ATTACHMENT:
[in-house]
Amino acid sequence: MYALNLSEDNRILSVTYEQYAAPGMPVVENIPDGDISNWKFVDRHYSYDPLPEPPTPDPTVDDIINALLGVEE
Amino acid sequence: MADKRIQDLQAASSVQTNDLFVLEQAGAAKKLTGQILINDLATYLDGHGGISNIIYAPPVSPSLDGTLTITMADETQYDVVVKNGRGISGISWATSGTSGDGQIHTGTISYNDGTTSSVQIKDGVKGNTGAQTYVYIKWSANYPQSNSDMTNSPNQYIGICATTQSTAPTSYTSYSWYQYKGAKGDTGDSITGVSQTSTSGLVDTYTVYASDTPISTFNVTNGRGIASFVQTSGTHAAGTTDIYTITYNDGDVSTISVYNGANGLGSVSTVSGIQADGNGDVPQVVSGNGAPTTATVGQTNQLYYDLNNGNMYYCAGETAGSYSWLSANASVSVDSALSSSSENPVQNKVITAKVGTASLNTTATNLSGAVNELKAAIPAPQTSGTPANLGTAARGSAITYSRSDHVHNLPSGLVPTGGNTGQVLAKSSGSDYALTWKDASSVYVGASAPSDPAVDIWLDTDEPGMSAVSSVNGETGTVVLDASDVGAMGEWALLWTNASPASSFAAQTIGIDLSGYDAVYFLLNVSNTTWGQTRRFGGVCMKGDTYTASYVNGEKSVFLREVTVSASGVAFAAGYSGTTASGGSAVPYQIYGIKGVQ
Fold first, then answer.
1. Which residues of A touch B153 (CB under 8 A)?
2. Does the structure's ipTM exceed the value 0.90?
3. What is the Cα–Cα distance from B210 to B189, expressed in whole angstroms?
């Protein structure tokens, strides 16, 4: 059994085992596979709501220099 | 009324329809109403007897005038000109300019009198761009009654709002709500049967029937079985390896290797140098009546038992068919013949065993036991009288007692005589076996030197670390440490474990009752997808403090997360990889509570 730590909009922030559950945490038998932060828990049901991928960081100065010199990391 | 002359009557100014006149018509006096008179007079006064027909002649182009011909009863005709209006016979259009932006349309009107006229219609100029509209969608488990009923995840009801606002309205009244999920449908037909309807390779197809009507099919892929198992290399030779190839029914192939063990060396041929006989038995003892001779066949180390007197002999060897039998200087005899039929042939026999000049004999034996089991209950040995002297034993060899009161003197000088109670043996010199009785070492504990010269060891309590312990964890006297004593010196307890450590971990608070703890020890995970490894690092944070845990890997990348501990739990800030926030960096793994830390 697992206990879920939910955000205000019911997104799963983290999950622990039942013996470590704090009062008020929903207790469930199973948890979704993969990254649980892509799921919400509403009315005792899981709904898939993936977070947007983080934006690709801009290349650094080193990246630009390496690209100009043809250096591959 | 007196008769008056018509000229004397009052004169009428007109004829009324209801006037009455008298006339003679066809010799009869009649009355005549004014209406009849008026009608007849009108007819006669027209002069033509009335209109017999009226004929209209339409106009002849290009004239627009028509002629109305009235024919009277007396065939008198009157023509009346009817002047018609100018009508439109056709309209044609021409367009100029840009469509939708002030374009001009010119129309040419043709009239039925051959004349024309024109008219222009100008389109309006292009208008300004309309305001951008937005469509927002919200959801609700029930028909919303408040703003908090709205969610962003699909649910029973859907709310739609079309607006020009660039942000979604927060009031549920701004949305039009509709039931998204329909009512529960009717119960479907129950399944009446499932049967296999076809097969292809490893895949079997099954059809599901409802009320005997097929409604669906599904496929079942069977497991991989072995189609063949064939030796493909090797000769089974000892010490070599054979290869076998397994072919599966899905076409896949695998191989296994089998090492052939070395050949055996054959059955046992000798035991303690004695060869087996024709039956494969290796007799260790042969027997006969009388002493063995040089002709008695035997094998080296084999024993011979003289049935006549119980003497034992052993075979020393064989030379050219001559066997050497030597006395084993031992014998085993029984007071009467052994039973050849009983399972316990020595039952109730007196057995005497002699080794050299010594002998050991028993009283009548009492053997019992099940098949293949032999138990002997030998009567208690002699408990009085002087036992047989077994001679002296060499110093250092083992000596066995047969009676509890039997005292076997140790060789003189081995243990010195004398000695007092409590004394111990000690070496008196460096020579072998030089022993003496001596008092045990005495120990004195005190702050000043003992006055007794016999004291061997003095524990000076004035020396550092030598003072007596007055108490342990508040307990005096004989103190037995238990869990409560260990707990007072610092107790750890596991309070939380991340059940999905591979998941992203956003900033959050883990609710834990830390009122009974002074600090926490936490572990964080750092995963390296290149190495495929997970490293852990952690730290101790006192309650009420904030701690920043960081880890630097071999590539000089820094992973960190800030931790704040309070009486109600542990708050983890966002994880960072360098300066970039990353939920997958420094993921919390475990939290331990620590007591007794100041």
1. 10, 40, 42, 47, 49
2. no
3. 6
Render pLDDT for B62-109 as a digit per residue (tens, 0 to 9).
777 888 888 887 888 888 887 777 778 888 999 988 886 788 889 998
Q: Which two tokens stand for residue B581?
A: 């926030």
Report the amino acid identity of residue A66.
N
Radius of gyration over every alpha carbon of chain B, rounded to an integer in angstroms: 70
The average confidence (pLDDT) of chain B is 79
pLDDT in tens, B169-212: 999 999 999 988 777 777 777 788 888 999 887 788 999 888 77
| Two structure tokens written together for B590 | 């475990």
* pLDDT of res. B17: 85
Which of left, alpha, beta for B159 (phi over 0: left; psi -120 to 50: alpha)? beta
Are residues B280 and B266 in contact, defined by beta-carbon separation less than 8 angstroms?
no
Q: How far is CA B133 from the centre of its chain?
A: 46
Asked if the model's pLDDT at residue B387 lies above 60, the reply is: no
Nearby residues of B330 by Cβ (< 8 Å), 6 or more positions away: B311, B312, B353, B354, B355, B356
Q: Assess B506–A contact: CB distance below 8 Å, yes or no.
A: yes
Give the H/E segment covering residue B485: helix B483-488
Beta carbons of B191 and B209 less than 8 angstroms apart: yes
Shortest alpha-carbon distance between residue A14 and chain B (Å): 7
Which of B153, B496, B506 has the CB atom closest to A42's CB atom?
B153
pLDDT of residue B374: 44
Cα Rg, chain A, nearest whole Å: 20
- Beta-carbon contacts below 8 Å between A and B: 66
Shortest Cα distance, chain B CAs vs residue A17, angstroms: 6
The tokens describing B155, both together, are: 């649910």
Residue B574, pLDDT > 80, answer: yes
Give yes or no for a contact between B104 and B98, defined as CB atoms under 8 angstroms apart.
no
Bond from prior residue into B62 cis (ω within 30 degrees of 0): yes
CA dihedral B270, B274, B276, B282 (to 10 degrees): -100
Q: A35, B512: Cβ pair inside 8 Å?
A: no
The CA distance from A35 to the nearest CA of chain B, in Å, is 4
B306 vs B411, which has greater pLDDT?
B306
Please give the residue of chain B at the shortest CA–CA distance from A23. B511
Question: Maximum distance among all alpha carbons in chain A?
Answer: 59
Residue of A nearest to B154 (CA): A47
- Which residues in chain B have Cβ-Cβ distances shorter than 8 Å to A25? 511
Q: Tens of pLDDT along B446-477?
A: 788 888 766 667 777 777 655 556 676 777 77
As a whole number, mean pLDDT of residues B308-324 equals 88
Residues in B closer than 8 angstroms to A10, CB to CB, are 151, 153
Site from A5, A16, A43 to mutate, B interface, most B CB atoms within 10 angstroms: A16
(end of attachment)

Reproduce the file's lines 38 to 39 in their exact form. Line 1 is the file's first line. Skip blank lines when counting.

Cα Rg, chain A, nearest whole Å: 20
- Beta-carbon contacts below 8 Å between A and B: 66